What was extra exciting for me was the fact that in this assignment, perspective was addressed in two ways. First was the idea of looking for ordinary things and seeing how we could shift/add something to experience them in a completely different way - one that might create a moment of joy for ourselves and/or others.  The fact that the simple addition of two plastic eyes made us see the object completely differently than we did before adding them was powerful in terms of understanding perspective shift. Second was the idea of writing a story from the perspective of the #eyebombed character. It made us think beyond our own feelings and try to understand those of another - fictional as they may be.  These will be really great concepts to build upon in future lessons.

For less than $3 (thank goodness for craft store coupons!) I was able to purchase a package of 160 self-adhesive googly eyes. This gave each student in my class six eyeballs (three pairs of eyes) to use to create characters.  They worked in groups of 3 - each group having a camera to document their creations - and set off to #eyebomb our school.  (*Note: I did email my entire staff the day before and let them know what I was planning so that nobody was caught by surprise).  We explored different areas of the campus - inside and outside - and found so many fun ways to create "faces" on inanimate objects. The joy was palpable - everyone was giggling for two reasons: they were having a ton of fun creating their own #eyebombs and appreciating what their classmates were designing around them, and they were anticipating the smiles that would be brought to others' faces at recess when everyone came out of class and noticed the #eyebombs. It was a really enjoyable activity to be a part of and witness to.

Check out some of my favourite creations from the project in the gallery below. So awesome!  We are still working on writing and editing our stories in Google Docs, but I have no doubt that they will be as fun as the creations themselves!

If you are interested in #eyebombing, you can follow the hashtag or the user @eyebombing on Twitter.  You can also check out the website Eyebombing.com

Have you done any activities with your students that help explore the idea of looking at things from a different perspective?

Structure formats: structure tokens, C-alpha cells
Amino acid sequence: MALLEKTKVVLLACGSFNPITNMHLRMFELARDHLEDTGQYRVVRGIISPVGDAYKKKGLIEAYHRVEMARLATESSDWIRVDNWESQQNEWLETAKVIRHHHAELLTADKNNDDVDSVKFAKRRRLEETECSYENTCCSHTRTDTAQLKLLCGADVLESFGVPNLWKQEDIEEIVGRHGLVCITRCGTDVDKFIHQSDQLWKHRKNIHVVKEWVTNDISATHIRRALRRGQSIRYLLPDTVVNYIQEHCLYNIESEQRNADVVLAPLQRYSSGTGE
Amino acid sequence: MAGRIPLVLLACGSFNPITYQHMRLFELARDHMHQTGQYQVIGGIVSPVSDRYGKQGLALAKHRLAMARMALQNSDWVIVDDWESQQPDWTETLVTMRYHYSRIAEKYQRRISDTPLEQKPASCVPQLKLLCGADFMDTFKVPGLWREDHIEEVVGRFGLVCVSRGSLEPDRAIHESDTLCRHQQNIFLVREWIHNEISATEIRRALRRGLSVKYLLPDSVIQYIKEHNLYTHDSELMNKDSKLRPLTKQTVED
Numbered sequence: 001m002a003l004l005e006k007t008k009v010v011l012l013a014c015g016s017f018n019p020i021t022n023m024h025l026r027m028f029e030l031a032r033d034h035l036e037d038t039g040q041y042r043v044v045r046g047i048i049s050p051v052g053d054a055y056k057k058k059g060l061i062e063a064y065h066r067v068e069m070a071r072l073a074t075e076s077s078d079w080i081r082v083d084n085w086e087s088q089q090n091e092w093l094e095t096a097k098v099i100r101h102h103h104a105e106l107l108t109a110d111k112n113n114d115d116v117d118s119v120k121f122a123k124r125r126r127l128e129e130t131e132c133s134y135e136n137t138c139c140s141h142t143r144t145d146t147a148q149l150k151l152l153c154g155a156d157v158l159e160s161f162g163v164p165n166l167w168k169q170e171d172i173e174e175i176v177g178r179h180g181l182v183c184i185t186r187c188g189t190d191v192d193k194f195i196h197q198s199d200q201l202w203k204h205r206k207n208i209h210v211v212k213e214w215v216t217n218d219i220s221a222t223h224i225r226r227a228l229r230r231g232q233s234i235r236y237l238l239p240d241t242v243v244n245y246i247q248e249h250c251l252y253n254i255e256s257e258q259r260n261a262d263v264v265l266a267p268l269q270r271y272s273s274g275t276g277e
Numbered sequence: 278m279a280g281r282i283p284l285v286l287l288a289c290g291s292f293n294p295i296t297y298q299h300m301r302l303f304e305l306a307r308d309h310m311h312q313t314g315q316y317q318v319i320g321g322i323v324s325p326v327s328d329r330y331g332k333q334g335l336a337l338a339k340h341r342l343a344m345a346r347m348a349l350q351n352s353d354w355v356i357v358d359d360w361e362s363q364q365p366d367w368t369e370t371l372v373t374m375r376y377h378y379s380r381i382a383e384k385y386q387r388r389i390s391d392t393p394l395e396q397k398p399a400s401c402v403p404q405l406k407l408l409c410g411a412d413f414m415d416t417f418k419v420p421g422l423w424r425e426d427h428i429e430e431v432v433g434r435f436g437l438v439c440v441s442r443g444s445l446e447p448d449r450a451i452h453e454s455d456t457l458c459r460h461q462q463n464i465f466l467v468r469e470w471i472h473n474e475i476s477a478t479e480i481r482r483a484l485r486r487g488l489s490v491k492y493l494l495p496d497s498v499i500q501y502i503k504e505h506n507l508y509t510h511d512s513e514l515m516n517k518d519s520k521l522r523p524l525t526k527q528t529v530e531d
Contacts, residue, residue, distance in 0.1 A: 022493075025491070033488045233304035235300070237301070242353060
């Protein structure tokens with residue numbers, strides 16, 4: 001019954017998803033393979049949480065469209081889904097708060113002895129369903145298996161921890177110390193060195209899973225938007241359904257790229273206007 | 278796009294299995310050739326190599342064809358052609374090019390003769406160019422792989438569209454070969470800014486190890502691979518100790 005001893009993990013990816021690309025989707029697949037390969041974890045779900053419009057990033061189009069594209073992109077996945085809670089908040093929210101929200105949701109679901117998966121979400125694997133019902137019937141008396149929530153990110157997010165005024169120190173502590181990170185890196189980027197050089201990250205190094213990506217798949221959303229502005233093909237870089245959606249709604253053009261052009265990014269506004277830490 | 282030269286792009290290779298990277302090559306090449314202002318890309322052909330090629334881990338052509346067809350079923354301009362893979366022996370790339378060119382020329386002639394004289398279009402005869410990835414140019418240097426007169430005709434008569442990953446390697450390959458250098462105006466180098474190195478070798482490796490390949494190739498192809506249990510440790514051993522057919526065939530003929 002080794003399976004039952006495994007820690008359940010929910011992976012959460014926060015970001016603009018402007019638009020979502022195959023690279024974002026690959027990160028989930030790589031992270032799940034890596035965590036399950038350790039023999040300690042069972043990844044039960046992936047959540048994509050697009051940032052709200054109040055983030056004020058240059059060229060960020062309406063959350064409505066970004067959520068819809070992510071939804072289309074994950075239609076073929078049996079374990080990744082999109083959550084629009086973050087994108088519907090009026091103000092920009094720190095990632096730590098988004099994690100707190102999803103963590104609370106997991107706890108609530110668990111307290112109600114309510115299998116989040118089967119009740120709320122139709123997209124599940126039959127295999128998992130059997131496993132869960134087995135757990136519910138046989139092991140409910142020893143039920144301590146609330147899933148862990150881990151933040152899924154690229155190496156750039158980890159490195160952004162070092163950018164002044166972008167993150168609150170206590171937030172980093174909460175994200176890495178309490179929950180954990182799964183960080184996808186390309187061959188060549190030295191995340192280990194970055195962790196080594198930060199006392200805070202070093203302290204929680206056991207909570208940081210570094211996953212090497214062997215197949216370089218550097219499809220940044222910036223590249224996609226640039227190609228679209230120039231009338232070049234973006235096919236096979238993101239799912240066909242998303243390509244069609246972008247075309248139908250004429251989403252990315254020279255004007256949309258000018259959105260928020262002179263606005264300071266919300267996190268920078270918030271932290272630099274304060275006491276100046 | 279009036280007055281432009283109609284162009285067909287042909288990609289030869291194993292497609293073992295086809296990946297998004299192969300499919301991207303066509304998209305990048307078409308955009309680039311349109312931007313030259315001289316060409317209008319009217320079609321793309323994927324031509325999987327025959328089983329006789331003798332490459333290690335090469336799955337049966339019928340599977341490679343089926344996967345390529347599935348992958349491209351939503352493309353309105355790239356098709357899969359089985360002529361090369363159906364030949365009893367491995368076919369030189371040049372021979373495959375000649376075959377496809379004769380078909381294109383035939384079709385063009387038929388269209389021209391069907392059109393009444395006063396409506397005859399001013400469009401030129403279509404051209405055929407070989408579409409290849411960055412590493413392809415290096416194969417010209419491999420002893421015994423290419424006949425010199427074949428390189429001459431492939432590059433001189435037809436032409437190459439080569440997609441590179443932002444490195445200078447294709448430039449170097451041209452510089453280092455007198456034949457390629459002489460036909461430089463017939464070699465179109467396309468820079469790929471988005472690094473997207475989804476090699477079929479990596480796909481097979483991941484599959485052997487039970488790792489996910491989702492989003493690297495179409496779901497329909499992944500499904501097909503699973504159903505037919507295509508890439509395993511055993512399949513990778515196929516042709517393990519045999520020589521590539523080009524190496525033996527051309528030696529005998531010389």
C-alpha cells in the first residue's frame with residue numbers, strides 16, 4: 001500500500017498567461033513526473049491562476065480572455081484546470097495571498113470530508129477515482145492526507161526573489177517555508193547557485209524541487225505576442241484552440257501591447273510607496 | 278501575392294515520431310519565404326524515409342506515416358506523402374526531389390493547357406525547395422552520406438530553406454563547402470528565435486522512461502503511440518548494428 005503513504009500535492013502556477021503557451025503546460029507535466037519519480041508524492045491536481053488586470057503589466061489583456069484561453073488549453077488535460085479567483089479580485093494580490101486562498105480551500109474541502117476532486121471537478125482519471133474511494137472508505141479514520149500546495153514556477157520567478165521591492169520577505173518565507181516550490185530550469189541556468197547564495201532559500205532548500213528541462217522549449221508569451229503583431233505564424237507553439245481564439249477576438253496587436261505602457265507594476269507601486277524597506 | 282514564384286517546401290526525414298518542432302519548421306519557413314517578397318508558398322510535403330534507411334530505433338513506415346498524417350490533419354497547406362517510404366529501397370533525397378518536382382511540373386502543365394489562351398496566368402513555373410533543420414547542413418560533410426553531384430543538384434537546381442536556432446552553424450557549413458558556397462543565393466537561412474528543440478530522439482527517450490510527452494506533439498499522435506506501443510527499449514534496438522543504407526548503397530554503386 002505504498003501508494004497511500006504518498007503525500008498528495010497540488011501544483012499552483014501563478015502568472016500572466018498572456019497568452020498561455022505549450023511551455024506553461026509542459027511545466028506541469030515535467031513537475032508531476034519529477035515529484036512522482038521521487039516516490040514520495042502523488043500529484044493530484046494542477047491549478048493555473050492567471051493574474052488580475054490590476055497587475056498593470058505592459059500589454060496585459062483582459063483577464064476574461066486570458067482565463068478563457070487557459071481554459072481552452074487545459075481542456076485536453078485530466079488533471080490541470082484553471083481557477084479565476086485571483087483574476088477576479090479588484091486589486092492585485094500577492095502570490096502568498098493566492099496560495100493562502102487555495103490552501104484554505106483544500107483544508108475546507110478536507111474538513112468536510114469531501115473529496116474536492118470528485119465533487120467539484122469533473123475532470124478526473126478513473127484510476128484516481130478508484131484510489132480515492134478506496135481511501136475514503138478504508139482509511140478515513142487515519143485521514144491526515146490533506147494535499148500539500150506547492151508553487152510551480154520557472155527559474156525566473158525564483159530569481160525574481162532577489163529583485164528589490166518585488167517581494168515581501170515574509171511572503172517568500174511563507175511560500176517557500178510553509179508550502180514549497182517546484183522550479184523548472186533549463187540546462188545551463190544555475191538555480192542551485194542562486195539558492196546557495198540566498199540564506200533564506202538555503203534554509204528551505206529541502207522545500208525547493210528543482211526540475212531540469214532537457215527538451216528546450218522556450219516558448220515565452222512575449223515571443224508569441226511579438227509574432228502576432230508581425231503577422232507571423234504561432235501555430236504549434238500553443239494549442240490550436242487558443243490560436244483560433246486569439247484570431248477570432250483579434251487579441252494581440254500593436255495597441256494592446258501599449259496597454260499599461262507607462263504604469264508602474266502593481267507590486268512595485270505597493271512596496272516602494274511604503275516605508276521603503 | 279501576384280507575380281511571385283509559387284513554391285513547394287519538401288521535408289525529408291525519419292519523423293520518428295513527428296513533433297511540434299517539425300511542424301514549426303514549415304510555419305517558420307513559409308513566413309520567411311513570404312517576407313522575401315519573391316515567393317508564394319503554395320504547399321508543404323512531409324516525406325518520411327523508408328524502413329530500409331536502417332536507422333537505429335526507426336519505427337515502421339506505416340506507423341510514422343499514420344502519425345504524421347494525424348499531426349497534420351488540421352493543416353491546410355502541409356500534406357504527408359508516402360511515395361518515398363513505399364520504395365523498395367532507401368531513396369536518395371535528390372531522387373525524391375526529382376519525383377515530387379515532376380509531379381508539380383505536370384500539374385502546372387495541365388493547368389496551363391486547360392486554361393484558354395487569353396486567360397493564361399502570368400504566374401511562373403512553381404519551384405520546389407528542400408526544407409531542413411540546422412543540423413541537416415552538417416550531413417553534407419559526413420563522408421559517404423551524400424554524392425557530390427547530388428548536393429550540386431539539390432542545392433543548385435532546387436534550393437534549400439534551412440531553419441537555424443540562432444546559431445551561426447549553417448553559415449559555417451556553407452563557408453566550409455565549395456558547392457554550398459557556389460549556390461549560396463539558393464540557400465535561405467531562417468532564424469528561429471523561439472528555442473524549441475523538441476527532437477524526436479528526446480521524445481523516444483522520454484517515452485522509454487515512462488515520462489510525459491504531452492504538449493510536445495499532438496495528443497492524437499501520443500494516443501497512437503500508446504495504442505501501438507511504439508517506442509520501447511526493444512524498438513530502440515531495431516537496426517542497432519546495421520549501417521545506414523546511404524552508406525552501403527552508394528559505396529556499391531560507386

Have you planned to create any moments of joy in your lessons and units this year?  

Please share in the comments below, or join our Facebook group and tell us your stories there!  Your voice and ideas are important and valued. Please share!

Addendum: Check out this amazing iteration of the HyperDoc that Gina Ripley created and shared out on Twitter after reading this post! Even better than the original!

Also, check out this great vlog from Darin Nakakihara highlighting how he did this project with his 4th graders, and a fun interview with Lisa Highfill as well!

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A Catalog of Beauty

“I am not against critique, but the world’s need to nick pic everything is a dis-ease. What I crave is holiness. We are so far away from the heart, when only the head leads with only what is wrong. How about the million beauties you walked by today and did not see? Name them. The world needs/ I need your catalog of beauty. What is your catalog of beauty?”

- Glenis Redmond

I was excited to start the year with some photography projects. So were my fifth grade students.  They buzzed with questions and anticipation when they saw the kit of digital cameras arrive to our classroom from our district resource lending center, asking what I was planning for their use.  "I am so glad you are curious, " I responded happily and vaguely, much to their frustration. "I'm not telling yet. You'll find out soon".  I didn't make them wait too long. I was eager too.

Digital photography is a flexible medium that allows for a multitude of project options and opportunities for curricular integration. Photography is a great way to learn about elements of visual and graphic design, an amazing storytelling medium, and an incredible format for capturing thinking and learning in a visible way.  It's a great ladder into videography - another terrific format for developing creative muscles, and an excellent launchpad for discussion on digital citizenship and information privacy when talking about sharing work and peoples' likenesses online. Unlike my own early experiences with film-based cameras, the digital format is easy and inexpensive, there is no wait time to see what the photos turn out like, and you are not limited to 24 exposures on a single roll of film. It is easily accessible technology that almost anyone can learn to use successfully.